At the main gate of Buness, Baltasound
Baltasound shown within Shetland
|OS grid reference|
|Sovereign state||United Kingdom|
|UK Parliament||Orkney and Shetland|
Baltasound is the largest settlement on the island of Unst in Shetland. Unst is the most northerly inhabited island in the United Kingdom. The village lies halfway along the island's east coast on a sheltered bay called Balta Sound.
Baltasound was formerly the most important herring port in Shetland, in 1902 its catch exceeded that of the Shetland capital Lerwick. The herring trade declined rapidly after 1905 but the physical remains of the herring boom remained long after.
Baltasound was the home of the noted Victorian botanist Thomas Edmondston, who was born at Buness House where his uncle, also called Thomas was the laird. A memorial stone erected outside the house by the elder Thomas Edmondston commemorates scientific studies undertaken there by the French physicist Jean-Baptiste Biot. http://canmore.rcahms.gov.uk/en/site/203253/details/unst+baltasound+buness+memorial+stone/
Baltasound can also lay claim to the most northerly "wood" in the British Isles, although it is not very substantial.
Many of Baltasound's current amenities hold the record for the most northerly in the UK:
- Airport - Baltasound Airport - Airport code UNT, runway length 2,099 feet (640 m)., currently only used by emergency services.
- Leisure Centre
- School - Baltasound Junior High School
- Hotel - The Baltasound Hotel
- Post Office - Baltasound Post Office is now the most northerly post office. For many years this record was held by the post office at Haroldswick until its closure in 1999.
- The Unst Bus Shelter, also known as Bobby's Bus Shelter, is a famous bus shelter and bus stop near the village. It is maintained by the Shetland Islands Council.
Baltasound is home to the most Northerly Met Office weather station in the United Kingdom. Despite its isolated location, as with the rest of the British Isles, Baltasound experiences a maritime climate, albeit a very pronounced one, with particularly cool summers and mild winters. Its extreme northerly location combined with frequently overcast skies lead to very low levels of sunshine during the winter months - December will average just under 15 and a half minutes of sunshine daily.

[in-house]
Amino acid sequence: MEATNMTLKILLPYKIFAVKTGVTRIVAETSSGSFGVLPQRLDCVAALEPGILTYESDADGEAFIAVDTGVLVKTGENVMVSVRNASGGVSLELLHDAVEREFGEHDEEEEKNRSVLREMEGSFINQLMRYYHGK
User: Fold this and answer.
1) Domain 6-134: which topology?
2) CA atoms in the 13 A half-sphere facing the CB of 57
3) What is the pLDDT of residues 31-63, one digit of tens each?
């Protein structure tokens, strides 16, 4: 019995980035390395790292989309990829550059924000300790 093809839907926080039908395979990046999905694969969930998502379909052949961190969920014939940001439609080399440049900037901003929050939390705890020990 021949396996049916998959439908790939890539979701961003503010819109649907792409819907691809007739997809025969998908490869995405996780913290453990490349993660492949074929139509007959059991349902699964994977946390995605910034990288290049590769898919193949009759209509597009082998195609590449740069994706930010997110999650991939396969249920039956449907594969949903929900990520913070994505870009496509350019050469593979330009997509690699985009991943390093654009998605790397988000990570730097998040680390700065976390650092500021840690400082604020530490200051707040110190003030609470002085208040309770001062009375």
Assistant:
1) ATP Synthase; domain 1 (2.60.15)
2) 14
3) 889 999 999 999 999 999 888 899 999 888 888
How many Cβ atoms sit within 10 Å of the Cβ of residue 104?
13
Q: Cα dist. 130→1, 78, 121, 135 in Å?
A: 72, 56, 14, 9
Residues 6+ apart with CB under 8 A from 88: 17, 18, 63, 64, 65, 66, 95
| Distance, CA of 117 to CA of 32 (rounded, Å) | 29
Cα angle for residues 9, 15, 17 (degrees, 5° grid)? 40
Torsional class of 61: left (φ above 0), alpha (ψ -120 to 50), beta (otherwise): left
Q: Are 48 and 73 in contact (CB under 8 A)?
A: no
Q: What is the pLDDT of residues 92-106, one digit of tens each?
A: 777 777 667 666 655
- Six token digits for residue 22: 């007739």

Baltasound also holds the record for both highest and lowest (reliable) temperatures readings in the Shetland Islands; 25.0 °C (77.0 °F) during July 1958, and −11.9 °C (10.6 °F) during February 2001. This suggests that despite the absence of a close landmass allowing for the advection of extreme temperatures, Baltasound's north-facing location results in a Fohn effect induced by hills to the south.
|Climate data for Baltasound 24m asl, 1961-1990|
|Average high °C (°F)||5.4
|Average low °C (°F)||1.0
|Average precipitation mm (inches)||136
|Mean monthly sunshine hours||16.7||43.9||77.3||130.9||151.1||154.7||124.9||129.1||90.4||58.3||24.7||8.0||1,010|
|Source: Met Office|
- Hudson, Norman - Souvenir Postcards from Shetland, Shetland Times, 1992
- Blackadder, Jill Slee Shetland (Colin Baxter Island Guides) (2003) Colin Baxter Photography, Strathspey ISBN 1-84107-125-0
- Airports Worldwide
- Baltasound Junior High School website
- Baltasound Hotel website
- BBC News report on closure of Haroldswick post office
- "Station Map". UKMO.
- "1958 Maximum". UKMO.
- "2001 minimum". UKMO.
- "Baltasound 1961-90 averages". Met Office. Retrieved 3 Nov 2011.
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